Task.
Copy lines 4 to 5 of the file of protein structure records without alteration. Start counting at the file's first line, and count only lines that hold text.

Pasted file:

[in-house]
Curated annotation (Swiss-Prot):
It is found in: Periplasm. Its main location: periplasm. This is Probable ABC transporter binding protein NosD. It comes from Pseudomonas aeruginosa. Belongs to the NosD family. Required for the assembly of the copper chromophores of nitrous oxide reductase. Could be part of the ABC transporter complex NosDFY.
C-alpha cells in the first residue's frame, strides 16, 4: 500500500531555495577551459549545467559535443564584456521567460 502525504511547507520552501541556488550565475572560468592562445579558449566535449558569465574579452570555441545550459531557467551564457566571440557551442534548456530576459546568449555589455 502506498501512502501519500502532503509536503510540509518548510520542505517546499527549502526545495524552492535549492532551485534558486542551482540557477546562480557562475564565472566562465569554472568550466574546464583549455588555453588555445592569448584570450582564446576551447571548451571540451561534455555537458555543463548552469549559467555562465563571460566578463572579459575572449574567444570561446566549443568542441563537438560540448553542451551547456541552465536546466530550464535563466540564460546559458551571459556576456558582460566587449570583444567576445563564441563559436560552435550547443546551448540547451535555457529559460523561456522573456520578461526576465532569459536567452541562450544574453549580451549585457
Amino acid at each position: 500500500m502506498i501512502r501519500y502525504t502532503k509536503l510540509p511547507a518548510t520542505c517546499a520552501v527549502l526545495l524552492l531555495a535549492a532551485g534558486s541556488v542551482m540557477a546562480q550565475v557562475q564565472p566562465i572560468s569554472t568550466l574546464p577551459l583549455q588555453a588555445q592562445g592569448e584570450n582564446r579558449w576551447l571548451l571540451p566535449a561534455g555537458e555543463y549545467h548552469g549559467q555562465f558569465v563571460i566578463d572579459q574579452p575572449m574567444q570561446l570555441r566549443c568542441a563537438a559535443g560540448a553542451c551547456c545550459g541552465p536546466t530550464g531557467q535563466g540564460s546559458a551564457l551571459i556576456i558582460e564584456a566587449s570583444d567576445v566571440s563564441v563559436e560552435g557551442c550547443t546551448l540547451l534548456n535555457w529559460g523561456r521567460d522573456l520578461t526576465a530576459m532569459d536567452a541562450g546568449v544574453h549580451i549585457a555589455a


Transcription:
C-alpha cells in the first residue's frame, strides 16, 4: 500500500531555495577551459549545467559535443564584456521567460 502525504511547507520552501541556488550565475572560468592562445579558449566535449558569465574579452570555441545550459531557467551564457566571440557551442534548456530576459546568449555589455 502506498501512502501519500502532503509536503510540509518548510520542505517546499527549502526545495524552492535549492532551485534558486542551482540557477546562480557562475564565472566562465569554472568550466574546464583549455588555453588555445592569448584570450582564446576551447571548451571540451561534455555537458555543463548552469549559467555562465563571460566578463572579459575572449574567444570561446566549443568542441563537438560540448553542451551547456541552465536546466530550464535563466540564460546559458551571459556576456558582460566587449570583444567576445563564441563559436560552435550547443546551448540547451535555457529559460523561456522573456520578461526576465532569459536567452541562450544574453549580451549585457
Amino acid at each position: 500500500m502506498i501512502r501519500y502525504t502532503k509536503l510540509p511547507a518548510t520542505c517546499a520552501v527549502l526545495l524552492l531555495a535549492a532551485g534558486s541556488v542551482m540557477a546562480q550565475v557562475q564565472p566562465i572560468s569554472t568550466l574546464p577551459l583549455q588555453a588555445q592562445g592569448e584570450n582564446r579558449w576551447l571548451l571540451p566535449a561534455g555537458e555543463y549545467h548552469g549559467q555562465f558569465v563571460i566578463d572579459q574579452p575572449m574567444q570561446l570555441r566549443c568542441a563537438a559535443g560540448a553542451c551547456c545550459g541552465p536546466t530550464g531557467q535563466g540564460s546559458a551564457l551571459i556576456i558582460e564584456a566587449s570583444d567576445v566571440s563564441v563559436e560552435g557551442c550547443t546551448l540547451l534548456n535555457w529559460g523561456r521567460d522573456l520578461t526576465a530576459m532569459d536567452a541562450g546568449v544574453h549580451i549585457a555589455a